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Tuesday, June 10, 2008
Scientists Unveil Fastest Computer

Scientists unveiled the world's fastest supercomputer on Monday, a $100 million machine that for the first time has performed 1,000 trillion calculations per second in a sustained exercise.

The technology breakthrough was accomplished by engineers from the Los Alamos National Laboratory and IBM on a computer to be used primarily on nuclear weapons work, including simulating nuclear explosions.

The computer, named Roadrunner, is twice as fast as IBM's Blue Gene system, which itself is three times faster than any of the world's other supercomputers, according to IBM.

"The computer is a speed demon. It will allow us to solve tremendous problems," said Thomas D'Agostino, head of the National Nuclear Security Administration, which oversees nuclear weapons research and maintains the warhead stockpile.

But officials said the computer also could have a wide range of other applications in civilian engineering, medicine and science, from developing biofuels and designing more fuel-efficient cars to finding drug therapies and providing services to the financial industry.

To put the computer's speed in perspective, it has roughly the computing power of 100,000 of today's most powerful laptops stacked 1.5 miles high, according to IBM. Or, if each of the world's 6 billion people worked on hand-held computers for 24 hours a day, it would take them 46 years to do what the Roadrunner computer can do in a single day.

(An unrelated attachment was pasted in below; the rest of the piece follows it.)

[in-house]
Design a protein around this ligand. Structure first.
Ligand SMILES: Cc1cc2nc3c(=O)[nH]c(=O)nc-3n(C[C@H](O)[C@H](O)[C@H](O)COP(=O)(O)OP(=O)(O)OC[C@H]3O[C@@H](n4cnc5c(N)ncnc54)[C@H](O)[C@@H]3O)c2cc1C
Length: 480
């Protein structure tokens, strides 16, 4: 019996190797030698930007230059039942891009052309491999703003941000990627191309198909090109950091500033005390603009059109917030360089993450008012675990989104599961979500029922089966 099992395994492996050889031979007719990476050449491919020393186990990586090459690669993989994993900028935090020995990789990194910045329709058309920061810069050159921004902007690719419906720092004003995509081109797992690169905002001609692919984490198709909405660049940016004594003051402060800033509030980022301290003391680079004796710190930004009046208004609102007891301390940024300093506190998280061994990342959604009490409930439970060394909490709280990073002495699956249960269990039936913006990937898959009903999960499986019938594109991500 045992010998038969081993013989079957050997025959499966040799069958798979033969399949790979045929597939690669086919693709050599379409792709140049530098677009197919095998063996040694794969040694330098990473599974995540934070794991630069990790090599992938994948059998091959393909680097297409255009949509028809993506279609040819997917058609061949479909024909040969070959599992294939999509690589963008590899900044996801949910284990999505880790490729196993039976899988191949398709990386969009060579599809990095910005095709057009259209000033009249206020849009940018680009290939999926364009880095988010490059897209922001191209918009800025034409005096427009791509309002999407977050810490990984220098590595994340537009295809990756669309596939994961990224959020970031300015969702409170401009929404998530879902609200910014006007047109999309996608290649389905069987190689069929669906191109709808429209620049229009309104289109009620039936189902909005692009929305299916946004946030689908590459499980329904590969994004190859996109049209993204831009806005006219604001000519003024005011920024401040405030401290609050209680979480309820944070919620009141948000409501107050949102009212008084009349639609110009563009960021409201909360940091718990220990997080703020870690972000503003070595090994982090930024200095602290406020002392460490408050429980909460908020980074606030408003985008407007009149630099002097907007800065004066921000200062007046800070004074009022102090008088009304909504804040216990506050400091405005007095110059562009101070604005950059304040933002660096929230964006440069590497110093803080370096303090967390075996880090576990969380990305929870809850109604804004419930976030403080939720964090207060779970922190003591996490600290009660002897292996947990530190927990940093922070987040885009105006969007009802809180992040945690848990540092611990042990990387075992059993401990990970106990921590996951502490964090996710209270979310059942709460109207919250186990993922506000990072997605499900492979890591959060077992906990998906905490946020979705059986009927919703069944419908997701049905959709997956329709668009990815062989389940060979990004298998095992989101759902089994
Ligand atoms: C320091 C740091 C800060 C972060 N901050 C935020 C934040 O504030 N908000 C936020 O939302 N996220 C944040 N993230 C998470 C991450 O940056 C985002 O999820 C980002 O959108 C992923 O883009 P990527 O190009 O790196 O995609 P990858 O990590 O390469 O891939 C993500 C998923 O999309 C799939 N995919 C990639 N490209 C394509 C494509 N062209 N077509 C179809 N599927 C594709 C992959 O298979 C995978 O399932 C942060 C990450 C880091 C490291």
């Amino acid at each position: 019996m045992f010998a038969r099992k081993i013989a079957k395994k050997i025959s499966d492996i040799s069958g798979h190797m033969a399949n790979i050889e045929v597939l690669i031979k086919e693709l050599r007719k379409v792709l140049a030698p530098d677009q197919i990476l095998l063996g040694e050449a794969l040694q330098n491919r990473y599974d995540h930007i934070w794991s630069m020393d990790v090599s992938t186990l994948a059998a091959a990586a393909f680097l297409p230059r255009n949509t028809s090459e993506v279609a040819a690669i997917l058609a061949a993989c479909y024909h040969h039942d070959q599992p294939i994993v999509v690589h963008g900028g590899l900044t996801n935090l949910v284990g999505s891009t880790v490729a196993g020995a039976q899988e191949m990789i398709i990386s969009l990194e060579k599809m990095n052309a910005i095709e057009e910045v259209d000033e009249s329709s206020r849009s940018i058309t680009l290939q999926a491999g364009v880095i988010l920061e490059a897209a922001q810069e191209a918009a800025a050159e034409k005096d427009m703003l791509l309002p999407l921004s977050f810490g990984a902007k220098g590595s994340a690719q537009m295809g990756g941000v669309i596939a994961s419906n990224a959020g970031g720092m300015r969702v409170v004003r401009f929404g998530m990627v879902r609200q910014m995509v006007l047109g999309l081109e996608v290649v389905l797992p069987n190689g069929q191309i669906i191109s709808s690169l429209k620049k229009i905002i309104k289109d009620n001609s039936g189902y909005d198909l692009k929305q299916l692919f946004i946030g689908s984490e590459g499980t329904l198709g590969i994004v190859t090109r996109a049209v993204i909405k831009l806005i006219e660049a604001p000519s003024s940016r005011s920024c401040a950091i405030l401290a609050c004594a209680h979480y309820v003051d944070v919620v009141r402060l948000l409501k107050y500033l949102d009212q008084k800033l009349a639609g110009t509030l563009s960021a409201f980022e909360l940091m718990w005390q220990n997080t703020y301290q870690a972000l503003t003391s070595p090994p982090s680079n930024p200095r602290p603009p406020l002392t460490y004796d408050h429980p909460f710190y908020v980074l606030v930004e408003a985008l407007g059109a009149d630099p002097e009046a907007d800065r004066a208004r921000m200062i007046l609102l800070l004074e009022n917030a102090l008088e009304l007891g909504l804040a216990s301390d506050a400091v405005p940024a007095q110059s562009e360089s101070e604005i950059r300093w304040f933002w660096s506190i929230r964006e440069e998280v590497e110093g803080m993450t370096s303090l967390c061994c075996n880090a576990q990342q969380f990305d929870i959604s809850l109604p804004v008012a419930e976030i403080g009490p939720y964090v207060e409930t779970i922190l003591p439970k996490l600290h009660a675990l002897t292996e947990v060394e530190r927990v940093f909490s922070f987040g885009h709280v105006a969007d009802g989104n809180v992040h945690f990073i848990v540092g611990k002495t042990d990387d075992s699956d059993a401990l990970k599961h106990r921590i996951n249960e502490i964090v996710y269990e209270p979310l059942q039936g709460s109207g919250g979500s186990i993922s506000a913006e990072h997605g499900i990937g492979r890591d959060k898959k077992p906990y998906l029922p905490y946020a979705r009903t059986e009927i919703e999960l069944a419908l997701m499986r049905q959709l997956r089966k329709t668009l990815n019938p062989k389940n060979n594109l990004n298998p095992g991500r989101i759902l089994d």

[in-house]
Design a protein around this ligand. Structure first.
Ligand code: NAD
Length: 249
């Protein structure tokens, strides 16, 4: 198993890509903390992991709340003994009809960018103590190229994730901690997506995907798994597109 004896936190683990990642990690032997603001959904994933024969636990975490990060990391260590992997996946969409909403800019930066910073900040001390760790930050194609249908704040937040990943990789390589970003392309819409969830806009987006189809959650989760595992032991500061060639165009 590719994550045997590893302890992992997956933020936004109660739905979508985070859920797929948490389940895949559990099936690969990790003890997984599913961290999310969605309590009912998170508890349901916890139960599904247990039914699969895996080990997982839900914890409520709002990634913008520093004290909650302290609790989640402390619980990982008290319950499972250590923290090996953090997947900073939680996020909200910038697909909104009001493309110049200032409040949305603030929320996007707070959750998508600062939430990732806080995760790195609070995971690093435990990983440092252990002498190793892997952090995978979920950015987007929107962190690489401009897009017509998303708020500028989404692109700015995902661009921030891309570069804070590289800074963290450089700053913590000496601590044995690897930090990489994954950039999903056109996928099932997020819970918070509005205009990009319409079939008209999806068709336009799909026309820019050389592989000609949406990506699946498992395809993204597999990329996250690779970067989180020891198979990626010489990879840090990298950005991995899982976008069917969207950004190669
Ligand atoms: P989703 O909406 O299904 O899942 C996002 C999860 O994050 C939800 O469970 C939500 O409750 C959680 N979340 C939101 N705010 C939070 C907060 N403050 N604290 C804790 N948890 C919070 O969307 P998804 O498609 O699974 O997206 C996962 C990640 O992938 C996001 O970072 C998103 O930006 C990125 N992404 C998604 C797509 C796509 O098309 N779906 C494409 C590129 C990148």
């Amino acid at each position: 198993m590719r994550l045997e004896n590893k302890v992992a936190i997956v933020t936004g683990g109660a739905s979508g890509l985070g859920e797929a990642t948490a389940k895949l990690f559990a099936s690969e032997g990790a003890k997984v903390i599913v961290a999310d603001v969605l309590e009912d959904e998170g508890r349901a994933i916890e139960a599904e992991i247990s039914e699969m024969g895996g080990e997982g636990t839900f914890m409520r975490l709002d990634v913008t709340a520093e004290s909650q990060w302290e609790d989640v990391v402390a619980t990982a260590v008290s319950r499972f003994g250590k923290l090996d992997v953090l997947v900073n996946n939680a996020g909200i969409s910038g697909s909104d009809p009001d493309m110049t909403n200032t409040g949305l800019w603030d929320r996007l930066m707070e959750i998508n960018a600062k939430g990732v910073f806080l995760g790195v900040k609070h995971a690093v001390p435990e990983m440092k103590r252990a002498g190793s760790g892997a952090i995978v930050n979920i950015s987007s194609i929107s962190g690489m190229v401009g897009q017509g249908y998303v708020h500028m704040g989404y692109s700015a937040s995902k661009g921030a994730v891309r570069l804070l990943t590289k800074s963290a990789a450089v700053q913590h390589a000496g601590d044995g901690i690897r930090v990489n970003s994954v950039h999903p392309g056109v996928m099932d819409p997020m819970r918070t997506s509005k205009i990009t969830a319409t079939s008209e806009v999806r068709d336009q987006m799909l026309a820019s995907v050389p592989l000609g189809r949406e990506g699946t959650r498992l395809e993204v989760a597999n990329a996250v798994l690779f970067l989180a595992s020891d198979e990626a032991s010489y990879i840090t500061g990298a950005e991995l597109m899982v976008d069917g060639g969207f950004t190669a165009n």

The IBM and Los Alamos engineers worked six years on the computer technology.

Some elements of the Roadrunner can be traced back to popular video games, said David Turek, vice president of IBM's supercomputing programs. In some ways, he said, it's "a very souped-up Sony PlayStation 3."

"We took the basic chip design (of a PlayStation) and advanced its capability," said Turek.

But the Roadrunner supercomputer, named after the New Mexico state bird, is nothing like a video game.

The interconnecting system occupies 6,000 square feet with 57 miles of fiber optics and weighs 500,000 pounds. Although made from commercial parts, the computer consists of 6,948 dual-core computer chips and 12,960 cell engines, and it has 80 terabytes of memory housed in 288 connected refrigerator-sized racks.

The cost: $100 million.

Turek said the computer in a two-hour test on May 25 achieved a "petaflop" speed of sustained performance, something no other computer had ever done. It did so again in several real applications involving classified nuclear weapons work this past weekend.

A "flop" is an acronym meaning floating-point-operations per second. One petaflop is 1,000 trillion operations per second.

Scientists also said the computer represents still another breakthrough, particularly important in these days of expensive energy since it performs 376 million calculations for every watt of electricity used.

We have reached an era in which computing power comes through paralelism. But is it actually a progress? Puting many CPU cores working together offers extremely high performances in terms of petaflops, which is the goal in specific applications such as those announced for IBM's Roadrunner system. However, some years ago, someone expected that today's technology would be able to offer computating power through improved silicon and CPUs that would follow Moore's law - a law currently put aside by Intel and AMD with their press releases to emphasize in words like "energy efficiency" and multi-core implementations.

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